Mike built his business career in supply-chain management, operations, finance and marketing. He has held senior management and executive positions with Erico, a manufacturing company in Solon, Ohio; Accel, Inc., a packaging company in Lewis Center, Ohio; and McMaster-Carr, an industrial supply company in Aurora, Ohio.

Before entering the business world, Mike served in the U.S. Army, Ordinance Branch, and specialized in supply chain management. He is a distinguished graduate of West Point (U.S. Military Academy), where he majored in quantitative economics.



Sean Reddington

Sean Reddington is the new Chief Information Officer for Safeguard Properties LLC. Sean has over 15+ years of experience in Information Services Management with a strong focus on Product and Application Management. Sean is responsible for Safeguard’s technological direction, including planning, implementation and maintaining all operational systems

Sean has a proven record of accomplishment for increasing operational efficiencies, improving customer service levels, and implementing and maintaining IT initiatives to support successful business processes.  He has provided the vision and dedicated leadership for key technologies for Fortune 100 companies, and nationally recognized consulting firms including enterprise system architecture, security, desktop and database management systems. Sean possesses strong functional and system knowledge of information security, systems and software, contracts management, budgeting, human resources and legal and related regulatory compliance.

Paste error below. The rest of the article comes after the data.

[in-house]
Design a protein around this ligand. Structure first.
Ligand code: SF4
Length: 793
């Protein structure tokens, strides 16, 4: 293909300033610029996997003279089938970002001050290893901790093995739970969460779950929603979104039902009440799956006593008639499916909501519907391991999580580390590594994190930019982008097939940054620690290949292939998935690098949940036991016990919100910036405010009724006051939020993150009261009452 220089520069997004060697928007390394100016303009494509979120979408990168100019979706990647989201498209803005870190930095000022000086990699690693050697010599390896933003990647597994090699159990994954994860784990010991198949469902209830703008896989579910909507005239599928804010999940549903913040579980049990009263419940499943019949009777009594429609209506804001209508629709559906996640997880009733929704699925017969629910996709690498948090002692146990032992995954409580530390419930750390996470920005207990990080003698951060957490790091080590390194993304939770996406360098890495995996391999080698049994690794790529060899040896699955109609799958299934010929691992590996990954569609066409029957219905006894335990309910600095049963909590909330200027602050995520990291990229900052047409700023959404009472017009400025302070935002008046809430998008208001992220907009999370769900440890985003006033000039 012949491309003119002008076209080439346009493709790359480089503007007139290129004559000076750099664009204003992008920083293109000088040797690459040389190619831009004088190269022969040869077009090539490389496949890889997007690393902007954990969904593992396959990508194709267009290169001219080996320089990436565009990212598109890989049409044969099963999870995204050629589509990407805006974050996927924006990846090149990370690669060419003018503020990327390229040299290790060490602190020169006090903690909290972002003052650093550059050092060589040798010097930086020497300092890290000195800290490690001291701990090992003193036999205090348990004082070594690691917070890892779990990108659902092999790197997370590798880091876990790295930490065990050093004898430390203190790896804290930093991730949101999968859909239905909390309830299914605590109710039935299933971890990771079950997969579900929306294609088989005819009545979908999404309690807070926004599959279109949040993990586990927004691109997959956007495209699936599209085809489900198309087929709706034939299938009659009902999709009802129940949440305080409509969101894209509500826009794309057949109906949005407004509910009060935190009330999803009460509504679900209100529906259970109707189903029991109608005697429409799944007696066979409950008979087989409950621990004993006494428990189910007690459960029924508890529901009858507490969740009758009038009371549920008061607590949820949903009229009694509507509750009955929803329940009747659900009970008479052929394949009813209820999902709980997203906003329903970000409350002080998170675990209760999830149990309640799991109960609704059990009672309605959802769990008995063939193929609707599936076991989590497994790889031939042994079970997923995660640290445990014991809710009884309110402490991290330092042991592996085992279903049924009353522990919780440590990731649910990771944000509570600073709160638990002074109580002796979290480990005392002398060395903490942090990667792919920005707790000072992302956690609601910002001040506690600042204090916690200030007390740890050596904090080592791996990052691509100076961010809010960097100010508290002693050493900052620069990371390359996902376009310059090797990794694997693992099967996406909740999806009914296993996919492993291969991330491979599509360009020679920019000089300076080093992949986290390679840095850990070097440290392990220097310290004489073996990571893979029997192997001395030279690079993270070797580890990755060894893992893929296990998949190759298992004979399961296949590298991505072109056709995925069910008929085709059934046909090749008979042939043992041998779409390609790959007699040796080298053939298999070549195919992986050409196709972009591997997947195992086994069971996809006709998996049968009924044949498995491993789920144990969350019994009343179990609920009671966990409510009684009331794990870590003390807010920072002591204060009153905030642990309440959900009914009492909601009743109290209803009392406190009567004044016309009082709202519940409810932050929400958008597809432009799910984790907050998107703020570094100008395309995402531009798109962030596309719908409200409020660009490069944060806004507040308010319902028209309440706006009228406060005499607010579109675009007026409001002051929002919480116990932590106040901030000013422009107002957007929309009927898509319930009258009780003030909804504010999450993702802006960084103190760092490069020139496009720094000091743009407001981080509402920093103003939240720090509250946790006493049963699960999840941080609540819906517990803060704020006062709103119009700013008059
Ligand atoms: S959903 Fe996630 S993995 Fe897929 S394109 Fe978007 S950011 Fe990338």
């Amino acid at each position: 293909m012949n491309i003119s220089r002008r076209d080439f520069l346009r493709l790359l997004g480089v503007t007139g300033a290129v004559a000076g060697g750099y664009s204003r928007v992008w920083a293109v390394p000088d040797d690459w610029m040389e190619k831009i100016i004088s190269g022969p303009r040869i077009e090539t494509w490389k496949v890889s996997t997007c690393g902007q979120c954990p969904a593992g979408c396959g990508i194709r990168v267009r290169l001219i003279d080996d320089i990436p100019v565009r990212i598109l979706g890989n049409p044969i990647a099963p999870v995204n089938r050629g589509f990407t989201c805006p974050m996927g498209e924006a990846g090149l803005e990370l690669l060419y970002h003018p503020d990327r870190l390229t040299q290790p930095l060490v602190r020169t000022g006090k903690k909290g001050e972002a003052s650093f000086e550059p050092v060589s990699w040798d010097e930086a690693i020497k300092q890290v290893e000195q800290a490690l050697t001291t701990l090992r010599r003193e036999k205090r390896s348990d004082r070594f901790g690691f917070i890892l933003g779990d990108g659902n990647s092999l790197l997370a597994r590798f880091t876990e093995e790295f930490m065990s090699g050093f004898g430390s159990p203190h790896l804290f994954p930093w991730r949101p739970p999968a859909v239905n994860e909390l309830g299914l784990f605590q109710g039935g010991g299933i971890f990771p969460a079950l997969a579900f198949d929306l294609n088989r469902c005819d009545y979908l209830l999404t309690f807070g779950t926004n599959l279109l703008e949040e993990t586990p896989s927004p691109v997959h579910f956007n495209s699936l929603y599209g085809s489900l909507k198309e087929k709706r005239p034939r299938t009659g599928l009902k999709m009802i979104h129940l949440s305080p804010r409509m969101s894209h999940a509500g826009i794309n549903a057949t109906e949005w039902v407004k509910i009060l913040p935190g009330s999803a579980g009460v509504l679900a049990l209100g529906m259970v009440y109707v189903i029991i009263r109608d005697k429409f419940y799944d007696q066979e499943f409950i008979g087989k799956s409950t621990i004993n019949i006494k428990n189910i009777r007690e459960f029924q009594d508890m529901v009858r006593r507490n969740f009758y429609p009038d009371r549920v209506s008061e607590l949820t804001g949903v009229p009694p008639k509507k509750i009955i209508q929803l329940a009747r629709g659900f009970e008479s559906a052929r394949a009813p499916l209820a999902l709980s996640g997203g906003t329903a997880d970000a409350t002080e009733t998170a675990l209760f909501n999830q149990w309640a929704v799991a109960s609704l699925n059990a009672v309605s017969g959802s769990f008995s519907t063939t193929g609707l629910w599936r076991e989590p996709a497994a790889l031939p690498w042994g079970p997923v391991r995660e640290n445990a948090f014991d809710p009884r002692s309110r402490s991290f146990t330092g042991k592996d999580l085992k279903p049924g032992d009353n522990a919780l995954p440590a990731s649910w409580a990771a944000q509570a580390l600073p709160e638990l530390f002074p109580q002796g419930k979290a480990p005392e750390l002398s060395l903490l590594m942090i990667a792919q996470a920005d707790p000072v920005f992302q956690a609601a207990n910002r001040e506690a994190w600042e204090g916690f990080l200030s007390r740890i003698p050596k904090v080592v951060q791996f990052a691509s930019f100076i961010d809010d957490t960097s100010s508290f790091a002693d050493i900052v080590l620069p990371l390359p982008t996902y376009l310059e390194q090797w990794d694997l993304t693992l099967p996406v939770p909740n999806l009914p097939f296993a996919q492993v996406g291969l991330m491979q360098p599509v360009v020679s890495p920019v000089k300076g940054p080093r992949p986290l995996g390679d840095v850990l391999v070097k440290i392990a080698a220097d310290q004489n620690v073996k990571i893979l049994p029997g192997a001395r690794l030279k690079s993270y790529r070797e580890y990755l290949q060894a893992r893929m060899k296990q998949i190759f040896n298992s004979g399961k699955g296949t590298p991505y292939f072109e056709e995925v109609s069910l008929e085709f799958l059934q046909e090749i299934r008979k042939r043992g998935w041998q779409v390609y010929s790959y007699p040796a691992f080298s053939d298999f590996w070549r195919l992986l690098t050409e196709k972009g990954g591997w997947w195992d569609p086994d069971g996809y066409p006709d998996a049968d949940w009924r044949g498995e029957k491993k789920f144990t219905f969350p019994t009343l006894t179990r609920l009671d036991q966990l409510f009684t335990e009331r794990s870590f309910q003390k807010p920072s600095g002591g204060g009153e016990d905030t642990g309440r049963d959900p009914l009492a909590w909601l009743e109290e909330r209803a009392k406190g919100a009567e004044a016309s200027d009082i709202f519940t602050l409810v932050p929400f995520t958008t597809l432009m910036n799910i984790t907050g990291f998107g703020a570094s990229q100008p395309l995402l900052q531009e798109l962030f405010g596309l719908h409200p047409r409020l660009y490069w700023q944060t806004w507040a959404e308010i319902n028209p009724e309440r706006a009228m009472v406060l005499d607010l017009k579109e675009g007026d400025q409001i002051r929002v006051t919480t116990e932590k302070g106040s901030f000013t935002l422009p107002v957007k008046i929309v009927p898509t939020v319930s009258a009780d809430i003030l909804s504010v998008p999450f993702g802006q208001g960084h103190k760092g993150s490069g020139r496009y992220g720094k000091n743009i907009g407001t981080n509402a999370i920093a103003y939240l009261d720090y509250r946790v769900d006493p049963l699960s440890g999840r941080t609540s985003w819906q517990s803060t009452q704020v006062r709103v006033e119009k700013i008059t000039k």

Sean joined Safeguard Properties LLC from RenPSG Inc. which is a nationally leading Philintropic Software Platform in the Fintech space. He oversaw the organization’s technological direction including planning, implementing and maintaining the best practices that align with all corporate functions. He also provided day-to-day technology operations, enterprise security, information risk and vulnerability management, audit and compliance, security awareness and training.

Prior to RenPSG, Sean worked for DMI Consulting as a Client Success Director where he guided the delivery in a multibillion-dollar Fortune 500 enterprise client account. He was responsible for all project deliveries in terms of quality, budget and timeliness and led the team to coordinate development and definition of project scope and limitations. Sean also worked for KPMG Consulting in their Microsoft Practice and Technicolor’s Ebusiness Division where he had responsibility for application development, maintenance, and support.

Sean is a graduate of Rutgers University with a Bachelor of Arts and received his Masters in International Business from Central Michigan University. He was also a commissioned officer in the United States Air Force prior to his career in the business world.


General Counsel and Executive Vice President

Linda Erkkila, Esq.

Linda Erkkila is the general counsel and executive vice president for Safeguard and oversees the legal, human resources, training, and compliance departments. Linda’s responsibilities cover regulatory issues that impact Safeguard’s operations, risk mitigation, enterprise strategic planning, human resources and training initiatives, compliance, litigation and claims management, and mergers, acquisition and joint ventures.